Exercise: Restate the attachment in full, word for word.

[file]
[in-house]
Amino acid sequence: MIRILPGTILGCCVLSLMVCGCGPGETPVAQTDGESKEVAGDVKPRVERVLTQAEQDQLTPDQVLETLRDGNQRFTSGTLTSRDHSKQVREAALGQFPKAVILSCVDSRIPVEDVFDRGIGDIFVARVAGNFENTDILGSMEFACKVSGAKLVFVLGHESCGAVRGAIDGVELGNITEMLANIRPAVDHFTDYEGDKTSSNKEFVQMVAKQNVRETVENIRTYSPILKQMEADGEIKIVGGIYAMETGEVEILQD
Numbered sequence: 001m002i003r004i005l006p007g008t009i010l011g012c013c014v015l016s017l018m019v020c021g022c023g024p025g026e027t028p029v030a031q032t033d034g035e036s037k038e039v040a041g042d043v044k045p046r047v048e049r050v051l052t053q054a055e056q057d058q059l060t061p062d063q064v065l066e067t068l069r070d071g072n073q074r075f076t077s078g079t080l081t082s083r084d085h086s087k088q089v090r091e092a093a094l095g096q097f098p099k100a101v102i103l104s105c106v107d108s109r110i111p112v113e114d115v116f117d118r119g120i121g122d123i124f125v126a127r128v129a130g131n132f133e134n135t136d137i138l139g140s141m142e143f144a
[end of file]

[in-house]
Amino acid sequence: MIRILPGTILGCCVLSLMVCGCGPGETPVAQTDGESKEVAGDVKPRVERVLTQAEQDQLTPDQVLETLRDGNQRFTSGTLTSRDHSKQVREAALGQFPKAVILSCVDSRIPVEDVFDRGIGDIFVARVAGNFENTDILGSMEFACKVSGAKLVFVLGHESCGAVRGAIDGVELGNITEMLANIRPAVDHFTDYEGDKTSSNKEFVQMVAKQNVRETVENIRTYSPILKQMEADGEIKIVGGIYAMETGEVEILQD
Numbered sequence: 001m002i003r004i005l006p007g008t009i010l011g012c013c014v015l016s017l018m019v020c021g022c023g024p025g026e027t028p029v030a031q032t033d034g035e036s037k038e039v040a041g042d043v044k045p046r047v048e049r050v051l052t053q054a055e056q057d058q059l060t061p062d063q064v065l066e067t068l069r070d071g072n073q074r075f076t077s078g079t080l081t082s083r084d085h086s087k088q089v090r091e092a093a094l095g096q097f098p099k100a101v102i103l104s105c106v107d108s109r110i111p112v113e114d115v116f117d118r119g120i121g122d123i124f125v126a127r128v129a130g131n132f133e134n135t136d137i138l139g140s141m142e143f144a